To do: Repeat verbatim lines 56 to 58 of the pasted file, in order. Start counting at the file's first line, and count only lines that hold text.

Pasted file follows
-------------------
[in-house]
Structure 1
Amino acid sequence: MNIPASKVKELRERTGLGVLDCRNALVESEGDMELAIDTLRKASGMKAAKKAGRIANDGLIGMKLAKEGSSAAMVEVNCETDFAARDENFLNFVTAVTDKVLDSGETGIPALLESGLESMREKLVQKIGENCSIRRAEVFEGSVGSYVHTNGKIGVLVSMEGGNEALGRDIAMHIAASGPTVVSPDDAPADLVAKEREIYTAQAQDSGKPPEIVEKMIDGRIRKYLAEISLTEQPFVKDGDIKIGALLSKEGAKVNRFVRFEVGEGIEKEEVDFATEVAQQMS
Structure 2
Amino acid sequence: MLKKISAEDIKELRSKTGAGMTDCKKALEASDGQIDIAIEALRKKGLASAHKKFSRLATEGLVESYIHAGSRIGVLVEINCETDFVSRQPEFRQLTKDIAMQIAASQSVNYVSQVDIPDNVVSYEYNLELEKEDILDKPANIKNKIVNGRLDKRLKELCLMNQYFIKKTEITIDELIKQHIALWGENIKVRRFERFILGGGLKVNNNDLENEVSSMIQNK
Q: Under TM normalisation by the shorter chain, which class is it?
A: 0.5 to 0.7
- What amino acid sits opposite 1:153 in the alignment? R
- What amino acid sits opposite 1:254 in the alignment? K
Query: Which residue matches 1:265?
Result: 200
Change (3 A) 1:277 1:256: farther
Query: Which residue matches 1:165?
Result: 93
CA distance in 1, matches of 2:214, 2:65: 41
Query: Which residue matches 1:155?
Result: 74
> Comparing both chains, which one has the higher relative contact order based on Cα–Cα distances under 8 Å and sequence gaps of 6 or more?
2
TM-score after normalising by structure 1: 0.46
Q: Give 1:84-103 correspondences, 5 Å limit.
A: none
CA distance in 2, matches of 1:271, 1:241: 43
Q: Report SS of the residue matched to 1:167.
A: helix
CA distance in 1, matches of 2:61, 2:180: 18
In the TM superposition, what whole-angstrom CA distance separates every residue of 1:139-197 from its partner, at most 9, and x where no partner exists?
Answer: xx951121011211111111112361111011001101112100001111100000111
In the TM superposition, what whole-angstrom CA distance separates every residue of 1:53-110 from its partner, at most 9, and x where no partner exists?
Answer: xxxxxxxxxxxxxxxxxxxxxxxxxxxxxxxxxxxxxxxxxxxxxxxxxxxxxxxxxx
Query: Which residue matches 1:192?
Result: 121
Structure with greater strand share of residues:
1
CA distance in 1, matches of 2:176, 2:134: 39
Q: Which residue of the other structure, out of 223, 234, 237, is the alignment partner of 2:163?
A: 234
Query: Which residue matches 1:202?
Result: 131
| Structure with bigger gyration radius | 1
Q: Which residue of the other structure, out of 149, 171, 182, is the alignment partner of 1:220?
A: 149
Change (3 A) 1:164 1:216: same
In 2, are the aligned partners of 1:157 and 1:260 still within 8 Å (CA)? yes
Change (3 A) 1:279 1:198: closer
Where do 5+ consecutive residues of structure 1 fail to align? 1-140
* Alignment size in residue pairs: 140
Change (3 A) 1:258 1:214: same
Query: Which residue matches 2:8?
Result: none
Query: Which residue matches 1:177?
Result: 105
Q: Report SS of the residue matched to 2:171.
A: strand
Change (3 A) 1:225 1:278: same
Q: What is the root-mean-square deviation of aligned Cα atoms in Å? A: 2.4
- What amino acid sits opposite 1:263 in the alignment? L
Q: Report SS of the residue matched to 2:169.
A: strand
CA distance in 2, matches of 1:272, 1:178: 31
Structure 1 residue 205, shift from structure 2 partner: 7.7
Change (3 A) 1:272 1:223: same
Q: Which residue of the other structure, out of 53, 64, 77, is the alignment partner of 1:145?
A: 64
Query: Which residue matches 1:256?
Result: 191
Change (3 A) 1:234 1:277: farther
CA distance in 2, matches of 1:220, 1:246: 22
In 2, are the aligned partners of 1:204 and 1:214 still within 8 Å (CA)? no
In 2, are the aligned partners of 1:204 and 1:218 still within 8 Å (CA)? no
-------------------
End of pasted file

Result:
Q: What is the root-mean-square deviation of aligned Cα atoms in Å? A: 2.4
- What amino acid sits opposite 1:263 in the alignment? L
Q: Report SS of the residue matched to 2:169.